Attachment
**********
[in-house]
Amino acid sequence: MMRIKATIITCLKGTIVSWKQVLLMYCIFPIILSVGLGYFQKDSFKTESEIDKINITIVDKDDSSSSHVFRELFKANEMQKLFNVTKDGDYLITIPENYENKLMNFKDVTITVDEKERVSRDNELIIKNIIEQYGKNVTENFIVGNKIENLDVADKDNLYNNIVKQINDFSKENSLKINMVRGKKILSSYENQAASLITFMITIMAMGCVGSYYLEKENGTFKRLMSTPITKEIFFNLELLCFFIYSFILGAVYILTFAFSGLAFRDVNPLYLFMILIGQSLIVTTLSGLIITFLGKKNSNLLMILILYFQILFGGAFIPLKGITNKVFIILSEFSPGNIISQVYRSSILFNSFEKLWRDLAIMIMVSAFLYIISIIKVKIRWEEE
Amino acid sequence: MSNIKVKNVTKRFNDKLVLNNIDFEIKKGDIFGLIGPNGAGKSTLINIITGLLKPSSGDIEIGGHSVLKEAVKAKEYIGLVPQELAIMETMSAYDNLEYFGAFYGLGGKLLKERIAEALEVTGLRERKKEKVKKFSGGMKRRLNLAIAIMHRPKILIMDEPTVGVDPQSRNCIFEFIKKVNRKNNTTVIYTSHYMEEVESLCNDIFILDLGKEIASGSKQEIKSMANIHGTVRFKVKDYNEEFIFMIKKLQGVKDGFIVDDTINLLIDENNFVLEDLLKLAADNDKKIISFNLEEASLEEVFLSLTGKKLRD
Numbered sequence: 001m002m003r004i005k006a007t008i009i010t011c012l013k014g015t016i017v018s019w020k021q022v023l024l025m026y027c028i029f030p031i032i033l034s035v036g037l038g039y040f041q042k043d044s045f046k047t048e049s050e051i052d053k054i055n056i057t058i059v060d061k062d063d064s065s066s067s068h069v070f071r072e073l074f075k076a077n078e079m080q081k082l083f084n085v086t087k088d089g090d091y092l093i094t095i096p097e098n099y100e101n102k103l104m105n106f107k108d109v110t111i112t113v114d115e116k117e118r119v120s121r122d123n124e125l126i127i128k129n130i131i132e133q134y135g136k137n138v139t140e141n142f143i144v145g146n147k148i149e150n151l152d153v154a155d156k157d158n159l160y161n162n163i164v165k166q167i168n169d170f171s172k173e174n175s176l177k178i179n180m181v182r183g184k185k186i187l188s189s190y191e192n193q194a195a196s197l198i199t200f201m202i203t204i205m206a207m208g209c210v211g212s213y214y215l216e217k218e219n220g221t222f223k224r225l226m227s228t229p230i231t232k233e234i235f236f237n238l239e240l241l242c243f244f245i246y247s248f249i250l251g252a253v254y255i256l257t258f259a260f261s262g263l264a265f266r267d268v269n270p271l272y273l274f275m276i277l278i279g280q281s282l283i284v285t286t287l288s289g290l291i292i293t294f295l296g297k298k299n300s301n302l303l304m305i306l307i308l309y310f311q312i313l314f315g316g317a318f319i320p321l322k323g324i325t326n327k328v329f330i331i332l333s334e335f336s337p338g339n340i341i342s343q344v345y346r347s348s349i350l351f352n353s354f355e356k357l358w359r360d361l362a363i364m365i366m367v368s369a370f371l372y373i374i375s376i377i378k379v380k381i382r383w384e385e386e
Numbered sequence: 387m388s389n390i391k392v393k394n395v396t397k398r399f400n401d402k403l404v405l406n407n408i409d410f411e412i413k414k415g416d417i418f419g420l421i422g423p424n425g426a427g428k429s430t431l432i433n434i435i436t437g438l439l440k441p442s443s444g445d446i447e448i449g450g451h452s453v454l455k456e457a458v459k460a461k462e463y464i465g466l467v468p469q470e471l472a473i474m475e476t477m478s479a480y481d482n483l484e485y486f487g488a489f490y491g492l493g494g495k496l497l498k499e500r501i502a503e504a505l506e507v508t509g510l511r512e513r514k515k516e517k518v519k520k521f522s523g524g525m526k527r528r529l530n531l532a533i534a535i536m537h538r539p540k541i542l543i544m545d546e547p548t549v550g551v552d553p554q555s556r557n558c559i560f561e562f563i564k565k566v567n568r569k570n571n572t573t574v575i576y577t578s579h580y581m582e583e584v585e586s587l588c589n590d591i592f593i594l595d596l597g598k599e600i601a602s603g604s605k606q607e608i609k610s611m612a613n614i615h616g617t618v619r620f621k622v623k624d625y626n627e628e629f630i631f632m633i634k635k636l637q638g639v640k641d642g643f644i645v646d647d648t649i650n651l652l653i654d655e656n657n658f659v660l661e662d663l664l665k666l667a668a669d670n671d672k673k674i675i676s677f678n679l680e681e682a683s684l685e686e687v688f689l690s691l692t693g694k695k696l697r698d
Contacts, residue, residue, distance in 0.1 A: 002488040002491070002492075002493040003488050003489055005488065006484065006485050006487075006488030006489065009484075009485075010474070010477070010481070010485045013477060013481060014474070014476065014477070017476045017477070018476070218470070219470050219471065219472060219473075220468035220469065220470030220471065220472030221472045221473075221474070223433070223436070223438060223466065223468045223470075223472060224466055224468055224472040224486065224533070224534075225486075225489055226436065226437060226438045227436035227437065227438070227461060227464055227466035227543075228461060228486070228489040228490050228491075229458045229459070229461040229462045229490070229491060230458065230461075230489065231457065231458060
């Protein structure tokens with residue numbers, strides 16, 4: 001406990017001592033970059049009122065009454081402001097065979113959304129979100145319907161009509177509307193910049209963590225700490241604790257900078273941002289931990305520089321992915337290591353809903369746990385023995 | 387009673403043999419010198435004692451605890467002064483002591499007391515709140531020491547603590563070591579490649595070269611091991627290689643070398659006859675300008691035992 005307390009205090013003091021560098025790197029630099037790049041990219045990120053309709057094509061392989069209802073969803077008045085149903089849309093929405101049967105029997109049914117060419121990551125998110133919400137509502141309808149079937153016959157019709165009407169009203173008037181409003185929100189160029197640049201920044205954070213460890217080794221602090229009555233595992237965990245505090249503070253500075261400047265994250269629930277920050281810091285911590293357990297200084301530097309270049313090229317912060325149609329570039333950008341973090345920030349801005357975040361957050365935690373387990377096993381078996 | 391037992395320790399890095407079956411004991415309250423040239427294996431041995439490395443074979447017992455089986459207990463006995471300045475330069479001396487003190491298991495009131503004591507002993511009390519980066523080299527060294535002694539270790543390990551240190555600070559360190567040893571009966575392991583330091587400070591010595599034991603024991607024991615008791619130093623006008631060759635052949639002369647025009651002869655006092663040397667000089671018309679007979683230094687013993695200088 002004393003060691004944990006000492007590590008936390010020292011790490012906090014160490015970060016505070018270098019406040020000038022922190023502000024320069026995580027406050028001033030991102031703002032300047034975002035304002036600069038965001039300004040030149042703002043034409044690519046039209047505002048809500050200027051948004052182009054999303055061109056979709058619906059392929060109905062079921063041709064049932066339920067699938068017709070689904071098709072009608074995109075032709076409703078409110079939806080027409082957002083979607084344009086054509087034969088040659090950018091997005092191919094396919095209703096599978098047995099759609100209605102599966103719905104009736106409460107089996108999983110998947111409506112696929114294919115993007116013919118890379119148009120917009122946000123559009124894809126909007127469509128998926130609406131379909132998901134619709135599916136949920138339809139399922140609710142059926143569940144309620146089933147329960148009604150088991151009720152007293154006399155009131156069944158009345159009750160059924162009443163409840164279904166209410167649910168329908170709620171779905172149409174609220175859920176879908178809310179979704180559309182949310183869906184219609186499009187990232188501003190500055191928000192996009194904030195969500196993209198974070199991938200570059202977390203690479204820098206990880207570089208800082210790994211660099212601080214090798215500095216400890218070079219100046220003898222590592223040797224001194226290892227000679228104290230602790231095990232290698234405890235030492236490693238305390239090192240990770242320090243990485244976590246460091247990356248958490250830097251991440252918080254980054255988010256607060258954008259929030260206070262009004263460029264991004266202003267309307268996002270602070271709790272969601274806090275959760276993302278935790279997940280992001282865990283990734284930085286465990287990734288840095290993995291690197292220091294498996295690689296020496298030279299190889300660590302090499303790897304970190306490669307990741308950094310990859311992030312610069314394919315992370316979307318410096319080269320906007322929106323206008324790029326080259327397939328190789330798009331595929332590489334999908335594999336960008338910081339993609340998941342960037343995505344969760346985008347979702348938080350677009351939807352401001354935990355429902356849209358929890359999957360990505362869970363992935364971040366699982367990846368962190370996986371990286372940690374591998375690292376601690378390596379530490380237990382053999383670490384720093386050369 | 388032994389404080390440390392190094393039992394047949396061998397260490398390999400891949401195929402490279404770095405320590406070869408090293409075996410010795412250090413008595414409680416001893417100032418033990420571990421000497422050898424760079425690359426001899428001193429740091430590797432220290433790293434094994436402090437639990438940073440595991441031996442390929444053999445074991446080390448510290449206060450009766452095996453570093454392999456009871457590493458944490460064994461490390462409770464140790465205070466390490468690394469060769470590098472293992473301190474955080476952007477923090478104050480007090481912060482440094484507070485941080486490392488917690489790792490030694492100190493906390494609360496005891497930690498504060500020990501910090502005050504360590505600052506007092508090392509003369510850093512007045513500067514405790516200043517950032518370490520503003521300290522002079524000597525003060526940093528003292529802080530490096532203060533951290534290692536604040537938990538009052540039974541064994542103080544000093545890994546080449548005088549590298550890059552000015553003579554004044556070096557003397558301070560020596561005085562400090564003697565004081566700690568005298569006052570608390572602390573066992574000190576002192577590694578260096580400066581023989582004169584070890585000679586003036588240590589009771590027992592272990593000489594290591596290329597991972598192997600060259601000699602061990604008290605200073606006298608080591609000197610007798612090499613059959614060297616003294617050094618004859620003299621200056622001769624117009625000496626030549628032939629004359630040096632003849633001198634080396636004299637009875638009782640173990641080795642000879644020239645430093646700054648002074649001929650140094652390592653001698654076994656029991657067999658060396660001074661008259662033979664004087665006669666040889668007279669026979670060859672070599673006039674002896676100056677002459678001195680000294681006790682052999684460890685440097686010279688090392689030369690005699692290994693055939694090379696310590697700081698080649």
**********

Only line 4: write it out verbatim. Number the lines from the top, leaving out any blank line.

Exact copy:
Numbered sequence: 001m002m003r004i005k006a007t008i009i010t011c012l013k014g015t016i017v018s019w020k021q022v023l024l025m026y027c028i029f030p031i032i033l034s035v036g037l038g039y040f041q042k043d044s045f046k047t048e049s050e051i052d053k054i055n056i057t058i059v060d061k062d063d064s065s066s067s068h069v070f071r072e073l074f075k076a077n078e079m080q081k082l083f084n085v086t087k088d089g090d091y092l093i094t095i096p097e098n099y100e101n102k103l104m105n106f107k108d109v110t111i112t113v114d115e116k117e118r119v120s121r122d123n124e125l126i127i128k129n130i131i132e133q134y135g136k137n138v139t140e141n142f143i144v145g146n147k148i149e150n151l152d153v154a155d156k157d158n159l160y161n162n163i164v165k166q167i168n169d170f171s172k173e174n175s176l177k178i179n180m181v182r183g184k185k186i187l188s189s190y191e192n193q194a195a196s197l198i199t200f201m202i203t204i205m206a207m208g209c210v211g212s213y214y215l216e217k218e219n220g221t222f223k224r225l226m227s228t229p230i231t232k233e234i235f236f237n238l239e240l241l242c243f244f245i246y247s248f249i250l251g252a253v254y255i256l257t258f259a260f261s262g263l264a265f266r267d268v269n270p271l272y273l274f275m276i277l278i279g280q281s282l283i284v285t286t287l288s289g290l291i292i293t294f295l296g297k298k299n300s301n302l303l304m305i306l307i308l309y310f311q312i313l314f315g316g317a318f319i320p321l322k323g324i325t326n327k328v329f330i331i332l333s334e335f336s337p338g339n340i341i342s343q344v345y346r347s348s349i350l351f352n353s354f355e356k357l358w359r360d361l362a363i364m365i366m367v368s369a370f371l372y373i374i375s376i377i378k379v380k381i382r383w384e385e386e